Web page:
Electronic properties news, November 2022

A novel embroidery technique that utiizes copper wires and polymer coatings offers a low-cost, scalable method for making wearable devices.

New sustainable thermal management material from cellulose

Researchers have demonstrated a new technique for directly printing electronic circuits onto curved and corrugated surfaces.

A new way to guide the self-assembly of a wide range of nanoscale structures, including parapets and aqueducts, uses simple polymers as starting materials.

smart paper packaging with built-in graphene sensor could offer real-time warnings of spoiled food or temperature conditions likely to cause spoilage

Researchers have shown that nickel oxide can display responses to brief electrical pulses that are similar to learning.

flexible three-dimensional piezoelectric nanocomposite with integrated electrodes makes useful energy harvesting device

Researchers have developed a scanning probe microscope that uilizes terahertz waves and used it to study a perovskite material for solar cells.

Researchers have developed a new magnetic material that can change its electrical behavior based on previous experience, giving it a form of memory.

Researchers have discovered how the electronic properties of the photoelectrode bismuth vanadate change when it gets wet.

Researchers have developed a novel reaction process that uses fuel to control non-living materials such as hydrogels by charging them.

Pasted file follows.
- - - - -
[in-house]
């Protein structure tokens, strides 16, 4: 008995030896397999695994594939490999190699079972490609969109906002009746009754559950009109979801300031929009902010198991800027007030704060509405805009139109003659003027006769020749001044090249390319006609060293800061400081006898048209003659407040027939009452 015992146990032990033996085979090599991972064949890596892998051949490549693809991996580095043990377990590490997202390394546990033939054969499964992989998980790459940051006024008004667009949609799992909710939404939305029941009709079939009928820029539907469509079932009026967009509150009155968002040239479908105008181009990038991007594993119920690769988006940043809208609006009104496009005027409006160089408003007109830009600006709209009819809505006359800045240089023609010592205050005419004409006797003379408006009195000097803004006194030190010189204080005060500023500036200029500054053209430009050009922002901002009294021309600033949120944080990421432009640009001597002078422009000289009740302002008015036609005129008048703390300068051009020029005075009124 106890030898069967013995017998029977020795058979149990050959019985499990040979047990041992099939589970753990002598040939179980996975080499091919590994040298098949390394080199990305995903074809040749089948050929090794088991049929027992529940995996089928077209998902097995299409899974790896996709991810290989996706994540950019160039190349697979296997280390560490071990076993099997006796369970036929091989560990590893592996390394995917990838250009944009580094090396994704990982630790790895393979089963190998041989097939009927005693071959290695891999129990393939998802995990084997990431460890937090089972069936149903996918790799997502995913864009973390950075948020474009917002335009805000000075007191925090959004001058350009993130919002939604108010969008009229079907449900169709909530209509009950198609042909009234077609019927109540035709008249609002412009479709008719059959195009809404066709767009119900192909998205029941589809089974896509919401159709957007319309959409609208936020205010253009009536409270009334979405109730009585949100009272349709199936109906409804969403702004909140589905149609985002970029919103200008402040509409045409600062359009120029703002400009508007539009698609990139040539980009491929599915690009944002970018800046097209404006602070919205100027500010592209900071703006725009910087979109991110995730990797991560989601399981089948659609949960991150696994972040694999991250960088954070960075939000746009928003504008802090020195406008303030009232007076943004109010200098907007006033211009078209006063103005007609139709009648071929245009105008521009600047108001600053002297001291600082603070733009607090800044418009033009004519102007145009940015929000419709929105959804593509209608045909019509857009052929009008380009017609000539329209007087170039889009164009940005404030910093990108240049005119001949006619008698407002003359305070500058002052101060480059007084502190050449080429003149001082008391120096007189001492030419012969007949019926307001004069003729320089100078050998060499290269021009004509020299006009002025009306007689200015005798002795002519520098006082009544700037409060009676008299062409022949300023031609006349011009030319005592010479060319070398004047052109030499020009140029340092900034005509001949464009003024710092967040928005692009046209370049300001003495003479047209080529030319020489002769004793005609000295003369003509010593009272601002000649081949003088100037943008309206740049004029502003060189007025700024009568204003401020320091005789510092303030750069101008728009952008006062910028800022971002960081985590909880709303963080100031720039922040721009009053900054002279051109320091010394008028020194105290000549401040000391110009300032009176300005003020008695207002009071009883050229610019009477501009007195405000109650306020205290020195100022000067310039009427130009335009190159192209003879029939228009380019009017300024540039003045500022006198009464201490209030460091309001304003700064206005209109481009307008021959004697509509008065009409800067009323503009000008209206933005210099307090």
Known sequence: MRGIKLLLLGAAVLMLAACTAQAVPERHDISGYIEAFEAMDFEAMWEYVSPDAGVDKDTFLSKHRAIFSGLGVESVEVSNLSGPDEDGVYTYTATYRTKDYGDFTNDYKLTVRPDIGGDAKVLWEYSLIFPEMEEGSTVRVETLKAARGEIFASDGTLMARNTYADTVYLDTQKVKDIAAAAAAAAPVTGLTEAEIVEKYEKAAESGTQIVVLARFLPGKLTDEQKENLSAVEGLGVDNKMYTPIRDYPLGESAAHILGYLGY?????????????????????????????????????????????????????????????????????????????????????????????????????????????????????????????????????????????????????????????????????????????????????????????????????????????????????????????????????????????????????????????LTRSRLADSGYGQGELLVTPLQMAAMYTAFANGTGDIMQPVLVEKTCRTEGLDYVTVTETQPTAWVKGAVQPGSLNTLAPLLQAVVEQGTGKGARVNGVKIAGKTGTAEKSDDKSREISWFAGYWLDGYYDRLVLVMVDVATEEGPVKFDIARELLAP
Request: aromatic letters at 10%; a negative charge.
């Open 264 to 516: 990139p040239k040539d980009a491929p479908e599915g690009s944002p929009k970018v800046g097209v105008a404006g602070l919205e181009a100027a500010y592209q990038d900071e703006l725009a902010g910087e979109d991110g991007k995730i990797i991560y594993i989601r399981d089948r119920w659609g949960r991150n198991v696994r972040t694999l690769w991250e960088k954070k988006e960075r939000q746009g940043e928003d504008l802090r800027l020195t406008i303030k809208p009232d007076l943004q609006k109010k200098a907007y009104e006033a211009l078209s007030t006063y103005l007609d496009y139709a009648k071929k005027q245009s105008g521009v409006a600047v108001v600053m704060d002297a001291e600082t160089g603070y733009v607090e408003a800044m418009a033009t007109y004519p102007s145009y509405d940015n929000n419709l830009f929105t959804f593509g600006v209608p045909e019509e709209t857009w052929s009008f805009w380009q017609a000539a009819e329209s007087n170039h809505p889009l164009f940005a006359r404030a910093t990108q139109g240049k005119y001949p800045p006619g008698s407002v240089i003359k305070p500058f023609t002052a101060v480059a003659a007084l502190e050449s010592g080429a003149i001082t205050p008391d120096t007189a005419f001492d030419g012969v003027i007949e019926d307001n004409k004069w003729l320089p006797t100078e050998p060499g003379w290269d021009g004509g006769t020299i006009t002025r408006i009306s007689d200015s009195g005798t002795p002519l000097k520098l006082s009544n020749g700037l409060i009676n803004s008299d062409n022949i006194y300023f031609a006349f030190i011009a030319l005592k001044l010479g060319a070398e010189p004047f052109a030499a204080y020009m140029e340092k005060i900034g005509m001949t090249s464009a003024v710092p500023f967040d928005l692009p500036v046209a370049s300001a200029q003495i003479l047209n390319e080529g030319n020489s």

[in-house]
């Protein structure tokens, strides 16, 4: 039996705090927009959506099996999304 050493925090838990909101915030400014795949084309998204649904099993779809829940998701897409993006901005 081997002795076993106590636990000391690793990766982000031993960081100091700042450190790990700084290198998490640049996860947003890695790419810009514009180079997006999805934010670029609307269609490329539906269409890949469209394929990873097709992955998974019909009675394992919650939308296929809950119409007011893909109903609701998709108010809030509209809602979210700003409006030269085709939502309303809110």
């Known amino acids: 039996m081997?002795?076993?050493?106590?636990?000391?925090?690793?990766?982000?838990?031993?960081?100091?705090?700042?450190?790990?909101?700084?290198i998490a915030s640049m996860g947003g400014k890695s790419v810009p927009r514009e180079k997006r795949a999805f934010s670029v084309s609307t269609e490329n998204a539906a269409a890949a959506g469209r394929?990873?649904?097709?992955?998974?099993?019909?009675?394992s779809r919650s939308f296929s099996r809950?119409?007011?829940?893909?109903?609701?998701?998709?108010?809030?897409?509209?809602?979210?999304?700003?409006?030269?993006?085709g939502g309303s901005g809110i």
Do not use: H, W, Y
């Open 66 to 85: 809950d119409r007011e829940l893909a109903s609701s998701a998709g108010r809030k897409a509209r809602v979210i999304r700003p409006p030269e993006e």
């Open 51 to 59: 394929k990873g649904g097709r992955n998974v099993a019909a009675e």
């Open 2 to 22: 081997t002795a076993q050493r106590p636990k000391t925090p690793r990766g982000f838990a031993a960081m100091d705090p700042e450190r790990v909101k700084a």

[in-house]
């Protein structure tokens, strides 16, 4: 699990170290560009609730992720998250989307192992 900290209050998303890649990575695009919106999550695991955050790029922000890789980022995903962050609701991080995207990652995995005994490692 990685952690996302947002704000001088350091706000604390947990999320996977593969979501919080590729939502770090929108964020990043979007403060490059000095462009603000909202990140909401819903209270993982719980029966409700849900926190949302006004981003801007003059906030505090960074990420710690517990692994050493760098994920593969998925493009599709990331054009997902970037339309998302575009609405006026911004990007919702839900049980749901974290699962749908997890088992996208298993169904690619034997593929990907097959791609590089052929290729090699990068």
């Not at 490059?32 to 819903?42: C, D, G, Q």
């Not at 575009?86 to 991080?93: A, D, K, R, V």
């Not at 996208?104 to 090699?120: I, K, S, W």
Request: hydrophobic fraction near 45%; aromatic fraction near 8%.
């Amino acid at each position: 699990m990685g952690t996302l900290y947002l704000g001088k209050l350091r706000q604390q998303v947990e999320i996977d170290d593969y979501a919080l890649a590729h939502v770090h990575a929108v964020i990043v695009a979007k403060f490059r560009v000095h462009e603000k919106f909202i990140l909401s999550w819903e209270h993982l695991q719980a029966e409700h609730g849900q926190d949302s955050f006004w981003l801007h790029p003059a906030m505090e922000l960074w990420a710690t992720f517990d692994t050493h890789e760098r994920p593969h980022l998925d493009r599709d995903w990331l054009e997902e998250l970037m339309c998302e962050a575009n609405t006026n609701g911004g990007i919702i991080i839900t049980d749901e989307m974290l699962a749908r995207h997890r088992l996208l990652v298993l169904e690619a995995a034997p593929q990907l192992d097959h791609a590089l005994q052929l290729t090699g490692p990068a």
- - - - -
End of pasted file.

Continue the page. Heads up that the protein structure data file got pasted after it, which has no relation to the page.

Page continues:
Researchers have discovered a material that can act as a magnetic topological insulator, able to conduct electrons along a ‘quantum highway’.

Researchers used various optical techniques to investigate the unusual superconductivity of a recently discovered family of kagome metals.

Researchers have developed a material that can switch from p-conducting to n-conducting with a small change in temperature.

Researchers have developed a method for getting quantum dots to self-assemble into a highly conductive optoelectronic metamaterial.

Researchers have shown that X-ray absorption spectroscopy and machine learning can be used to identify materials with topological properties.

Combining a thin-film superconducor with a thin-film topological insulator offers a novel way to explore topological superconductivity.

Scientists have managed to produce a material with the disordered structure of a plastic that conducts electricity more like a metal.

metamaterial based on liquid-crystal elastomers can change its mechanical properties in response to light

novel conductive biomaterial composite based on pristine graphene and collagen is ideal for neural medical device applications

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